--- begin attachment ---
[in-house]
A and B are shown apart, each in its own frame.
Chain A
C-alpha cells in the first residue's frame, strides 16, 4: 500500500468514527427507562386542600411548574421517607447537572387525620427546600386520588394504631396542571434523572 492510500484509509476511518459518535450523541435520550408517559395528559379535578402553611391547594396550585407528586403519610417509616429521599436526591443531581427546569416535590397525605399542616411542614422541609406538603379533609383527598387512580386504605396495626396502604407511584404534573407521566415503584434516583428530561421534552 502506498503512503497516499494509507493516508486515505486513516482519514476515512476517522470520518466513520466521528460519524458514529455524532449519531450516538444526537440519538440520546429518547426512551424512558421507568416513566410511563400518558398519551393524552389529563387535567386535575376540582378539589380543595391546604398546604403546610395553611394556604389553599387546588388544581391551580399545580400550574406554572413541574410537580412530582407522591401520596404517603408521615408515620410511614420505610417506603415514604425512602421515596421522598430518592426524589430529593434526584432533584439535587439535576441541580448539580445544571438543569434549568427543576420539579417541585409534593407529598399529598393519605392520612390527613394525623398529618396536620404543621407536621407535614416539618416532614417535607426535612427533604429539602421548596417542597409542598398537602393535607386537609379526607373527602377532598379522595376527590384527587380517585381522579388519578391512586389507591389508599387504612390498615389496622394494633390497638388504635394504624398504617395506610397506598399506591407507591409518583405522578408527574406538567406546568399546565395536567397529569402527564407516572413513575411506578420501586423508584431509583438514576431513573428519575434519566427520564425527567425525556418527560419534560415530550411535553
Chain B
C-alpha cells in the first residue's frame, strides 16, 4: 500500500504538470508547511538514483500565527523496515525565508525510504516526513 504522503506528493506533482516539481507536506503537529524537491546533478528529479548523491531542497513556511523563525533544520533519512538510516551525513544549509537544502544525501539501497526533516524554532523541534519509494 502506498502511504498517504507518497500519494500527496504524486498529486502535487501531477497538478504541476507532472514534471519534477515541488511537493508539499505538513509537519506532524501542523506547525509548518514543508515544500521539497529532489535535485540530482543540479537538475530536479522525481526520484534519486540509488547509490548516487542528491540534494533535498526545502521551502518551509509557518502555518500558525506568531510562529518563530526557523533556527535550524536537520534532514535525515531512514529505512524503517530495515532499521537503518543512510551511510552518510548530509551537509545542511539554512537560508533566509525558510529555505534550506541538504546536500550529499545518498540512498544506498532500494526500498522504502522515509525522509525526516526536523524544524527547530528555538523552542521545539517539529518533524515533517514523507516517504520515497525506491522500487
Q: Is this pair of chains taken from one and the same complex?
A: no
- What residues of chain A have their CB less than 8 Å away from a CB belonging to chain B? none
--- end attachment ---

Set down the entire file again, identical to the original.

[in-house]
A and B are shown apart, each in its own frame.
Chain A
C-alpha cells in the first residue's frame, strides 16, 4: 500500500468514527427507562386542600411548574421517607447537572387525620427546600386520588394504631396542571434523572 492510500484509509476511518459518535450523541435520550408517559395528559379535578402553611391547594396550585407528586403519610417509616429521599436526591443531581427546569416535590397525605399542616411542614422541609406538603379533609383527598387512580386504605396495626396502604407511584404534573407521566415503584434516583428530561421534552 502506498503512503497516499494509507493516508486515505486513516482519514476515512476517522470520518466513520466521528460519524458514529455524532449519531450516538444526537440519538440520546429518547426512551424512558421507568416513566410511563400518558398519551393524552389529563387535567386535575376540582378539589380543595391546604398546604403546610395553611394556604389553599387546588388544581391551580399545580400550574406554572413541574410537580412530582407522591401520596404517603408521615408515620410511614420505610417506603415514604425512602421515596421522598430518592426524589430529593434526584432533584439535587439535576441541580448539580445544571438543569434549568427543576420539579417541585409534593407529598399529598393519605392520612390527613394525623398529618396536620404543621407536621407535614416539618416532614417535607426535612427533604429539602421548596417542597409542598398537602393535607386537609379526607373527602377532598379522595376527590384527587380517585381522579388519578391512586389507591389508599387504612390498615389496622394494633390497638388504635394504624398504617395506610397506598399506591407507591409518583405522578408527574406538567406546568399546565395536567397529569402527564407516572413513575411506578420501586423508584431509583438514576431513573428519575434519566427520564425527567425525556418527560419534560415530550411535553
Chain B
C-alpha cells in the first residue's frame, strides 16, 4: 500500500504538470508547511538514483500565527523496515525565508525510504516526513 504522503506528493506533482516539481507536506503537529524537491546533478528529479548523491531542497513556511523563525533544520533519512538510516551525513544549509537544502544525501539501497526533516524554532523541534519509494 502506498502511504498517504507518497500519494500527496504524486498529486502535487501531477497538478504541476507532472514534471519534477515541488511537493508539499505538513509537519506532524501542523506547525509548518514543508515544500521539497529532489535535485540530482543540479537538475530536479522525481526520484534519486540509488547509490548516487542528491540534494533535498526545502521551502518551509509557518502555518500558525506568531510562529518563530526557523533556527535550524536537520534532514535525515531512514529505512524503517530495515532499521537503518543512510551511510552518510548530509551537509545542511539554512537560508533566509525558510529555505534550506541538504546536500550529499545518498540512498544506498532500494526500498522504502522515509525522509525526516526536523524544524527547530528555538523552542521545539517539529518533524515533517514523507516517504520515497525506491522500487
Q: Is this pair of chains taken from one and the same complex?
A: no
- What residues of chain A have their CB less than 8 Å away from a CB belonging to chain B? none